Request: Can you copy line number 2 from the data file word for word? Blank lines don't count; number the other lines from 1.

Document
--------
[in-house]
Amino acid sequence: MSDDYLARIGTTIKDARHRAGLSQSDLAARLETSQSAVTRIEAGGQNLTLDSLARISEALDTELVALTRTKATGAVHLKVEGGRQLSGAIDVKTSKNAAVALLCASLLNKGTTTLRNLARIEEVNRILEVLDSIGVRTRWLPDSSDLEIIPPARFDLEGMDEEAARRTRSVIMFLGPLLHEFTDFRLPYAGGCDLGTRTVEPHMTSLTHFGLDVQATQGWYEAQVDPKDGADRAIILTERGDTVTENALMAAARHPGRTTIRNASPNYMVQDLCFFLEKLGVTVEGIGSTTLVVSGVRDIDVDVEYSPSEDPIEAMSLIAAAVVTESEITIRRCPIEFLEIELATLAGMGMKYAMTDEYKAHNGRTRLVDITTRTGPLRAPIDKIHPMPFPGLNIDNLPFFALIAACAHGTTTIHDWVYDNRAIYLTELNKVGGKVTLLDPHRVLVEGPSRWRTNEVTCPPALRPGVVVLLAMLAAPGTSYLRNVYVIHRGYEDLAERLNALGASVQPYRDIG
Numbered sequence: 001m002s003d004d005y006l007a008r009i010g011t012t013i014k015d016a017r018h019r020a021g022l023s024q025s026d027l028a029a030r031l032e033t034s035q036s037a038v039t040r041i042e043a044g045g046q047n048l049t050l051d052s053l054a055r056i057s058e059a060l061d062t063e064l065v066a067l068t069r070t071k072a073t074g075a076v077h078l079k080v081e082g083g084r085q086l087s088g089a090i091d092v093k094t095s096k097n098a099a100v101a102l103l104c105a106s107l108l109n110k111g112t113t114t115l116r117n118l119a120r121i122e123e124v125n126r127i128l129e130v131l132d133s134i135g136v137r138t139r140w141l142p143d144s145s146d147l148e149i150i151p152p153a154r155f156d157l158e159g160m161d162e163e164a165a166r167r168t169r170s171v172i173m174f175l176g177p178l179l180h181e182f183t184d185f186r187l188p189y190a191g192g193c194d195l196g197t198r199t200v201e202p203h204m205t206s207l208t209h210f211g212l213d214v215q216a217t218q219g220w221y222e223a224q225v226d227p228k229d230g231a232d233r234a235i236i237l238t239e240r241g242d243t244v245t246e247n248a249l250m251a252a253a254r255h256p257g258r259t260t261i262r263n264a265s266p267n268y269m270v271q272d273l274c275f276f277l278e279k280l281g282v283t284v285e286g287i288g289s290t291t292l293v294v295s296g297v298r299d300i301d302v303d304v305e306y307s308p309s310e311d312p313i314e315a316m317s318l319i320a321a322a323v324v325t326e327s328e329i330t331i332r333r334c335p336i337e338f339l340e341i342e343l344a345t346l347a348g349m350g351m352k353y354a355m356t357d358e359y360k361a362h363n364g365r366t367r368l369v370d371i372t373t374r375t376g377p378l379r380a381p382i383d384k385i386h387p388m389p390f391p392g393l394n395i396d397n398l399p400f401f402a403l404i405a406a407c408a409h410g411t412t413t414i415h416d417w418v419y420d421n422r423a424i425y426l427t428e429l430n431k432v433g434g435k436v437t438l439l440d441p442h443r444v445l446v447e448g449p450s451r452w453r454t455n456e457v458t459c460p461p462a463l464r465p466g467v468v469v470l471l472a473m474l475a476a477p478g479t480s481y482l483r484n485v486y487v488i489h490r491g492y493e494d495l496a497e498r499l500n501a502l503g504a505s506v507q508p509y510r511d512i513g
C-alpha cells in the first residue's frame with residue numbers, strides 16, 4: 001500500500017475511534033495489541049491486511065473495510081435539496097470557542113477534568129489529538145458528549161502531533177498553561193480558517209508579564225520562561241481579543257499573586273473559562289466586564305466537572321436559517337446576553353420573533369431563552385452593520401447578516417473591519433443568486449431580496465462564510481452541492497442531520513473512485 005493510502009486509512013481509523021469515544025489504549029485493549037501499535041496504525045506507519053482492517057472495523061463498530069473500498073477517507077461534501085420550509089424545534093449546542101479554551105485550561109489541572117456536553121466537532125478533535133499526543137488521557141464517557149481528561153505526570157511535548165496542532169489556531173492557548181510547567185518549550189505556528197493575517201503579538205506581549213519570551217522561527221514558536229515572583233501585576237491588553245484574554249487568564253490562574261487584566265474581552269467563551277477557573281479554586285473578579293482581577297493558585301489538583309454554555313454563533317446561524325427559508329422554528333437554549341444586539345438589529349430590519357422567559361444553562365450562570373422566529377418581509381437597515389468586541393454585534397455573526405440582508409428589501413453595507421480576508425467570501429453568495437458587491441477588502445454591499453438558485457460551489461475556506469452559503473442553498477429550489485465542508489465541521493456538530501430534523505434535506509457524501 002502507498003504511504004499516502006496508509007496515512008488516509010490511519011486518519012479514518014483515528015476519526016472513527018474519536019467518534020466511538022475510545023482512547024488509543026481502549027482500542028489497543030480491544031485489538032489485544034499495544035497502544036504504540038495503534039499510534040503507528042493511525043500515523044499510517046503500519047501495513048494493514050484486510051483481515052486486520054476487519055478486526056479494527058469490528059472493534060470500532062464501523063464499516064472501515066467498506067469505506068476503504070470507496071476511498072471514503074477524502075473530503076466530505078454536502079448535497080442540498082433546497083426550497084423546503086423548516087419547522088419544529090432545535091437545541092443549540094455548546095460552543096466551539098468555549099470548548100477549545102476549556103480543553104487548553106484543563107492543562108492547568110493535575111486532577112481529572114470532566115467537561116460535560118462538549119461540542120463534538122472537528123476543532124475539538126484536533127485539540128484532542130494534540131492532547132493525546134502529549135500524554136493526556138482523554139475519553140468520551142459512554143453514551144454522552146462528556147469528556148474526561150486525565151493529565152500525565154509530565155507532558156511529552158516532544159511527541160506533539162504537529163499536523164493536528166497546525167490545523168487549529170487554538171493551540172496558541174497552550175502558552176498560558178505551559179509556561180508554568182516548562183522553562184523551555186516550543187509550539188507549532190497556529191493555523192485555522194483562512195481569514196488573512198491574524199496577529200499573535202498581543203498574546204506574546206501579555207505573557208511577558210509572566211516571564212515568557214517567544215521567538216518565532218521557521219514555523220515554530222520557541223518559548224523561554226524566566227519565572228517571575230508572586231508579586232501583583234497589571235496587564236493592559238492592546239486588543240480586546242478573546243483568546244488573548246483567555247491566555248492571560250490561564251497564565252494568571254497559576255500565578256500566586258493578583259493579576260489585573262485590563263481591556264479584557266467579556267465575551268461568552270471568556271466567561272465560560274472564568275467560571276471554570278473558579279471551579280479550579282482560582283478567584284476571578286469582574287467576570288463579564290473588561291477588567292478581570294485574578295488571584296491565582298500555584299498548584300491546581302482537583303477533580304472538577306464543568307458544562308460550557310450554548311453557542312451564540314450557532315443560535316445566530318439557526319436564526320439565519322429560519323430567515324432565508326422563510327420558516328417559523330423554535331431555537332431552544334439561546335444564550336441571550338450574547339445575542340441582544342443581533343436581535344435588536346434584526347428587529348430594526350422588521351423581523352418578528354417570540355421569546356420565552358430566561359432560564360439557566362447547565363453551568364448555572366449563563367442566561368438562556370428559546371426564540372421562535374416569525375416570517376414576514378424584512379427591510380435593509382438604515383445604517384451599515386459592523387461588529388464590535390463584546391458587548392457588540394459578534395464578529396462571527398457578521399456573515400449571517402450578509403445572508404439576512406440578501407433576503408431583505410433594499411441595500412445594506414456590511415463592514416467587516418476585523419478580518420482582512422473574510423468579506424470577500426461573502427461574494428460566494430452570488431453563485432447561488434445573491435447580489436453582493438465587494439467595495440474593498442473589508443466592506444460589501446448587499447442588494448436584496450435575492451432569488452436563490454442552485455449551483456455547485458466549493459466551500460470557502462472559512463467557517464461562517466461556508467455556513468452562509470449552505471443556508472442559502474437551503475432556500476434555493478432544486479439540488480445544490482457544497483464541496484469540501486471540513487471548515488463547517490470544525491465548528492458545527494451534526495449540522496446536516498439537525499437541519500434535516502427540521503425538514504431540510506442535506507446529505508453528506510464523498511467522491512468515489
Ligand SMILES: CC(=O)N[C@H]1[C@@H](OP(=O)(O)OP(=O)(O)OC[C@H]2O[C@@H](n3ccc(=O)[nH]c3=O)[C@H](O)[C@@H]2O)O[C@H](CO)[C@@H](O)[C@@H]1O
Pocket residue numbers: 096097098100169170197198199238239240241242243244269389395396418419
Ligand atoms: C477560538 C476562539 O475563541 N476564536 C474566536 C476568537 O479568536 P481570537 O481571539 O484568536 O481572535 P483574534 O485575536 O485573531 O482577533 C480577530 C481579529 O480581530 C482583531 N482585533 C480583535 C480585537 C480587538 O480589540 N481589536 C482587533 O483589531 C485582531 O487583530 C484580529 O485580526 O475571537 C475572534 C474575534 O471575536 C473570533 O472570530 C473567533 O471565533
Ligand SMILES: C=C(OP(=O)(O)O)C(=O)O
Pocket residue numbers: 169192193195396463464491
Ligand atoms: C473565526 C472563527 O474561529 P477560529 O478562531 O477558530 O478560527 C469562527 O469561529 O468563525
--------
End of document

Amino acid sequence: MSDDYLARIGTTIKDARHRAGLSQSDLAARLETSQSAVTRIEAGGQNLTLDSLARISEALDTELVALTRTKATGAVHLKVEGGRQLSGAIDVKTSKNAAVALLCASLLNKGTTTLRNLARIEEVNRILEVLDSIGVRTRWLPDSSDLEIIPPARFDLEGMDEEAARRTRSVIMFLGPLLHEFTDFRLPYAGGCDLGTRTVEPHMTSLTHFGLDVQATQGWYEAQVDPKDGADRAIILTERGDTVTENALMAAARHPGRTTIRNASPNYMVQDLCFFLEKLGVTVEGIGSTTLVVSGVRDIDVDVEYSPSEDPIEAMSLIAAAVVTESEITIRRCPIEFLEIELATLAGMGMKYAMTDEYKAHNGRTRLVDITTRTGPLRAPIDKIHPMPFPGLNIDNLPFFALIAACAHGTTTIHDWVYDNRAIYLTELNKVGGKVTLLDPHRVLVEGPSRWRTNEVTCPPALRPGVVVLLAMLAAPGTSYLRNVYVIHRGYEDLAERLNALGASVQPYRDIG